How To Talk To Your Clients About Domestic Violence


    Domestic Violence Training For Hairdressers: What You Need To Know

    One in four women and one in seven men will experience domestic violence. We understand that this is a tough statistic to hear—and unfortunately, these numbers have continued to rise since the COVID-19 pandemic.
     
    As a beauty professional, you’re in a unique position to help clients who are potentially victims of abuse. By learning to recognize the signs, how to safely talk to clients and having resources and tools on-hand, you can help make a big difference.

    For National Domestic Violence Month, BARBICIDE® National Director of Education & Industry Relations Leslie Roste spoke to salon owner, domestic violence survivor and Shear Haven Co-Founder Susanne Shepherd Post (@su2she) on how to navigate conversations with clients who might be in danger. Keep scrolling for a few key takeaways.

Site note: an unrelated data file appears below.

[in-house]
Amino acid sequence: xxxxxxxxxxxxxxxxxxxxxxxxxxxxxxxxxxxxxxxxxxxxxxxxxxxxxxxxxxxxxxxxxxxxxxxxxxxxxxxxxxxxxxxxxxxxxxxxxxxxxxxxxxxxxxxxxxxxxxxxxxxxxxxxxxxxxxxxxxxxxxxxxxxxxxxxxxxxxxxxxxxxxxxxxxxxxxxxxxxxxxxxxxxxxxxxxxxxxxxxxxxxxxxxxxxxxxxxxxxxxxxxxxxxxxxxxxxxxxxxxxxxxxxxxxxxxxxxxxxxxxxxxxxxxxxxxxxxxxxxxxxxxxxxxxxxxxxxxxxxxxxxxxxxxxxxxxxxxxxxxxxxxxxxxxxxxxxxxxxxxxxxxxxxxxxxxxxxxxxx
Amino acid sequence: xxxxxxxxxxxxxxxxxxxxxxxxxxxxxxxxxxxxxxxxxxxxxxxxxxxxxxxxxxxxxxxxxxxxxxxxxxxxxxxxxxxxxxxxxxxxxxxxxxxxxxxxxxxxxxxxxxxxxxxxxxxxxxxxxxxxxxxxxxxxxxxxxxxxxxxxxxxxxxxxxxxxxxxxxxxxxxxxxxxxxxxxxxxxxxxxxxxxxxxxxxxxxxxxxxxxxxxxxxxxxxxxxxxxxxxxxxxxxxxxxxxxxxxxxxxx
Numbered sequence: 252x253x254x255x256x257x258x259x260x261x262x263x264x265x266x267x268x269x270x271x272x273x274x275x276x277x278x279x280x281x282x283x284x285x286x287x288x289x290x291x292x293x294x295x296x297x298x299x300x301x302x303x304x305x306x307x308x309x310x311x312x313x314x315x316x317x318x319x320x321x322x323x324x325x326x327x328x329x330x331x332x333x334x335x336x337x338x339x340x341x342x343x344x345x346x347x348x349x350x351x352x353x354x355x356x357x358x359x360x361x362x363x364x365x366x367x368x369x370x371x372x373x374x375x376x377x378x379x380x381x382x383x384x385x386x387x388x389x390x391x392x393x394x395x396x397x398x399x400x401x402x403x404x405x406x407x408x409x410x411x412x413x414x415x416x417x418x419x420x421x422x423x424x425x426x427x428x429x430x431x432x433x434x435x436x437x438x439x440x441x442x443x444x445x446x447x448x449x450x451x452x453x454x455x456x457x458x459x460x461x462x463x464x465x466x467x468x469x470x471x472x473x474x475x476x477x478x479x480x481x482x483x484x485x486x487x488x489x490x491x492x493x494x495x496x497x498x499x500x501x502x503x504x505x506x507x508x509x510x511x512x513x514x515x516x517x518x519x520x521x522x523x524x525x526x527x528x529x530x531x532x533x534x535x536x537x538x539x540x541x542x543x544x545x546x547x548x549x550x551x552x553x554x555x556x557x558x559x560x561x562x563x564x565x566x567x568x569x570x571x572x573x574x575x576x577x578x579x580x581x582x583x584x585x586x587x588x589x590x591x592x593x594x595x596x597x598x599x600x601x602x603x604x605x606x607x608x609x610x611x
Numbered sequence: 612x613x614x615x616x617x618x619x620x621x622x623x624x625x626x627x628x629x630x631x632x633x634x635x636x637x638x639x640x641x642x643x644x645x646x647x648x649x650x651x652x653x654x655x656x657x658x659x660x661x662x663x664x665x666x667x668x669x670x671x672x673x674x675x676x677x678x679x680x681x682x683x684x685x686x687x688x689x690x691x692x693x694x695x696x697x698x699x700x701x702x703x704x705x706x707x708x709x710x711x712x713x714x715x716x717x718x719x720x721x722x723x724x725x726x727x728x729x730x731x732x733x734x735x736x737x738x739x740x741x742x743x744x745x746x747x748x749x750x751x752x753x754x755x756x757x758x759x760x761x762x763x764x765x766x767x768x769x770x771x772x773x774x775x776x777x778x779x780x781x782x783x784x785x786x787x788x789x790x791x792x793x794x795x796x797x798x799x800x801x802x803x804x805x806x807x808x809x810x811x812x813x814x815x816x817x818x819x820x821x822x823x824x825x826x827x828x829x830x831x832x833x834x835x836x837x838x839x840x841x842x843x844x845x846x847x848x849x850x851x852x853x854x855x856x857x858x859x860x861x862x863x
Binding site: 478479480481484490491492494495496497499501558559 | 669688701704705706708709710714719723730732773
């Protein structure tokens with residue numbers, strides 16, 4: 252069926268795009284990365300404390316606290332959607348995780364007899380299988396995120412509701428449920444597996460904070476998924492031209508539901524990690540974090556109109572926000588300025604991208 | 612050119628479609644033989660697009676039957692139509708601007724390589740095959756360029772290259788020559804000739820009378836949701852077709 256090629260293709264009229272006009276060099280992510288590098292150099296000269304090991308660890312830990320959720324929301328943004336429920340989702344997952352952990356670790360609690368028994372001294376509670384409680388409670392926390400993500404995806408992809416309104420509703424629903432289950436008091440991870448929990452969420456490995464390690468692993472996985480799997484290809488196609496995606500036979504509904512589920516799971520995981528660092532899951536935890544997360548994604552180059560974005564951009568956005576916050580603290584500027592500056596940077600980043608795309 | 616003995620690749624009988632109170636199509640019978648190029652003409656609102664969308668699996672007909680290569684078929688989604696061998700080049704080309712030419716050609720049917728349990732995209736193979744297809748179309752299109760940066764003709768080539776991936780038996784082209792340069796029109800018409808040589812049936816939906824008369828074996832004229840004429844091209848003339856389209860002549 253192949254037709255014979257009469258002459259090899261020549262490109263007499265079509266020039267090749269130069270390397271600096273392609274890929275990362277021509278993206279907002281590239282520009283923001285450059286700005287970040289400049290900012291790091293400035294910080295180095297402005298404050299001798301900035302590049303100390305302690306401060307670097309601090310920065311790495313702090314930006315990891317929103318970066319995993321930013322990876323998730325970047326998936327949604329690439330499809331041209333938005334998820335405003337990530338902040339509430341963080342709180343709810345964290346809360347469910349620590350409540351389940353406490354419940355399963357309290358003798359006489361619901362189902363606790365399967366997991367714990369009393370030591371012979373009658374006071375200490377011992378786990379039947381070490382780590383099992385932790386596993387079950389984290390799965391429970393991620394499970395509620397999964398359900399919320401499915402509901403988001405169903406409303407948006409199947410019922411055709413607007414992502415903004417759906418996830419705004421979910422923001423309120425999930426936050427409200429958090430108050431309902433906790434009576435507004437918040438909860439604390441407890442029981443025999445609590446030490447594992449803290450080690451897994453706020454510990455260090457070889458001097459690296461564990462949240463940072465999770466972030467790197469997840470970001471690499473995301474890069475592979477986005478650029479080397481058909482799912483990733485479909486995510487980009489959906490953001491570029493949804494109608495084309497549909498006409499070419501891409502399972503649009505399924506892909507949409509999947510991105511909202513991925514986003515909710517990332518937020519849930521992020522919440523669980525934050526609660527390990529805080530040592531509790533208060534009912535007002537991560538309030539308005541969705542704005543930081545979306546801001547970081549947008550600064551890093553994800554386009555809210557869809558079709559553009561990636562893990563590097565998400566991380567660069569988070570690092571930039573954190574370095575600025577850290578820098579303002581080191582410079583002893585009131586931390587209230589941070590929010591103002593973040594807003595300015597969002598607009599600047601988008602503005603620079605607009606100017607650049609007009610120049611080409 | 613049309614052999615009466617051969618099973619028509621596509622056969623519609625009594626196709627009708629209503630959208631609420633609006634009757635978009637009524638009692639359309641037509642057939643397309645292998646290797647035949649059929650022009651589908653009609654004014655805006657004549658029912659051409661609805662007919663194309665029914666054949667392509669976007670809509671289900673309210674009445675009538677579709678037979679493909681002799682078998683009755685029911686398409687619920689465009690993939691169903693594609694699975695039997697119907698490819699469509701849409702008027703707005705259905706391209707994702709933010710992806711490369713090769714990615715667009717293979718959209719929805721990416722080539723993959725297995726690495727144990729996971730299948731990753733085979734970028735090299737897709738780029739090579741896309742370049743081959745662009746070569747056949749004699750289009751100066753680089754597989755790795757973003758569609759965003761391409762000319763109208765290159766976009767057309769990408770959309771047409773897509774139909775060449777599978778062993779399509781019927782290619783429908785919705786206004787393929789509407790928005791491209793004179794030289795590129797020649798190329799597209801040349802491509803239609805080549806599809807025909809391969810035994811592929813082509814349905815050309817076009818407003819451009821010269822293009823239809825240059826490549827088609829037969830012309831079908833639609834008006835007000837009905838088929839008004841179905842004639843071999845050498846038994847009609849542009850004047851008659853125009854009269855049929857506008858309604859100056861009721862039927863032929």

Click here to take BARBICIDE® & Shear Haven’s Domestic Violence Training Course!

     

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    Key Takeaways:

    1. Be An Ear

    When a client is venting to you about their problems, it’s so easy to offer an opinion on the situation. But, when it comes to domestic violence, that’s not always the best approach—creating a supportive space is a must. Sometimes, the client just needs someone who isn’t a close friend or family member to listen without judgement.

     

    2. Empathy & Patience Are Key 

    It can take a domestic violence survivor up to seven times to leave an abusive relationship. It’s easy to pass judgement or get frustrated, wondering why someone won’t leave a toxic situation, but there are a variety of reasons people stay with their abusive partners.

     Here are a few:

    • For their children
    • For their pets
    • Financial stability

     

    3. Sign Up For Domestic Violence Training

    A domestic violence victim is more likely to talk to someone they know than to go to the police. As hairdressers, it’s not your job to be your client’s therapist, but investing time in a domestic violence training course can give you the tools to navigate complicated conversations and lead your clients to professional help.